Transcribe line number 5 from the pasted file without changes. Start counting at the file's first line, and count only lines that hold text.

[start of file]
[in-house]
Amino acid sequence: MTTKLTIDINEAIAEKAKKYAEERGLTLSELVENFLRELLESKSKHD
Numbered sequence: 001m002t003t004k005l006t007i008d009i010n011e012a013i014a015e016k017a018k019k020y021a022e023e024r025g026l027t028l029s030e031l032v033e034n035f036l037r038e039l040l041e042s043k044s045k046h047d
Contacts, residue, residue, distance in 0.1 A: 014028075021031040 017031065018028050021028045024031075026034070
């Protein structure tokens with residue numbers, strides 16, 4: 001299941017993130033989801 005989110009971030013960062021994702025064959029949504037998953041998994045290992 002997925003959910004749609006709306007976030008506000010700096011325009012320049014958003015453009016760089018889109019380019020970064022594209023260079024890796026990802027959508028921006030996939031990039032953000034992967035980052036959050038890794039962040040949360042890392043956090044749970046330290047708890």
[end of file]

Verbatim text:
């Protein structure tokens with residue numbers, strides 16, 4: 001299941017993130033989801 005989110009971030013960062021994702025064959029949504037998953041998994045290992 002997925003959910004749609006709306007976030008506000010700096011325009012320049014958003015453009016760089018889109019380019020970064022594209023260079024890796026990802027959508028921006030996939031990039032953000034992967035980052036959050038890794039962040040949360042890392043956090044749970046330290047708890």